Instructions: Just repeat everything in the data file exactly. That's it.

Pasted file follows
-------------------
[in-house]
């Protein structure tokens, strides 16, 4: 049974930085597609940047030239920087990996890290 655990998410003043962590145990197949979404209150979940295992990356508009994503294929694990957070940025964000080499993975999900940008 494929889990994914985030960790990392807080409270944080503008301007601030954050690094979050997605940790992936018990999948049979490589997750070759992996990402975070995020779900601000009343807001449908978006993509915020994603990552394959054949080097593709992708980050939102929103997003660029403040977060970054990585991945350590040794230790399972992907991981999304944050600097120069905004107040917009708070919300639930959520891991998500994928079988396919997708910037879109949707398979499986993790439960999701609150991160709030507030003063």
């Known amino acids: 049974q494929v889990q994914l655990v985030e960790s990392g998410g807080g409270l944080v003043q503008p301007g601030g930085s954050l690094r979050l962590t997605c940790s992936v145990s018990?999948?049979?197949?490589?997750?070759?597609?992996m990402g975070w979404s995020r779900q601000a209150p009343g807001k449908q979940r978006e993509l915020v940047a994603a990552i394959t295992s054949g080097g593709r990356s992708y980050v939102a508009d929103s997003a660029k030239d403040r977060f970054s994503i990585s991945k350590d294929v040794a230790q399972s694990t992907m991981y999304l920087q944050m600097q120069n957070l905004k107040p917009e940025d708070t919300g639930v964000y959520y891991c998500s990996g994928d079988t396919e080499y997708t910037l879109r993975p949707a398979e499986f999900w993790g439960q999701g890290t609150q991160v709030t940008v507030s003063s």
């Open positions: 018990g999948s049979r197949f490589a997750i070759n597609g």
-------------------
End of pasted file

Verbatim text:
[in-house]
């Protein structure tokens, strides 16, 4: 049974930085597609940047030239920087990996890290 655990998410003043962590145990197949979404209150979940295992990356508009994503294929694990957070940025964000080499993975999900940008 494929889990994914985030960790990392807080409270944080503008301007601030954050690094979050997605940790992936018990999948049979490589997750070759992996990402975070995020779900601000009343807001449908978006993509915020994603990552394959054949080097593709992708980050939102929103997003660029403040977060970054990585991945350590040794230790399972992907991981999304944050600097120069905004107040917009708070919300639930959520891991998500994928079988396919997708910037879109949707398979499986993790439960999701609150991160709030507030003063």
């Known amino acids: 049974q494929v889990q994914l655990v985030e960790s990392g998410g807080g409270l944080v003043q503008p301007g601030g930085s954050l690094r979050l962590t997605c940790s992936v145990s018990?999948?049979?197949?490589?997750?070759?597609?992996m990402g975070w979404s995020r779900q601000a209150p009343g807001k449908q979940r978006e993509l915020v940047a994603a990552i394959t295992s054949g080097g593709r990356s992708y980050v939102a508009d929103s997003a660029k030239d403040r977060f970054s994503i990585s991945k350590d294929v040794a230790q399972s694990t992907m991981y999304l920087q944050m600097q120069n957070l905004k107040p917009e940025d708070t919300g639930v964000y959520y891991c998500s990996g994928d079988t396919e080499y997708t910037l879109r993975p949707a398979e499986f999900w993790g439960q999701g890290t609150q991160v709030t940008v507030s003063s």
């Open positions: 018990g999948s049979r197949f490589a997750i070759n597609g």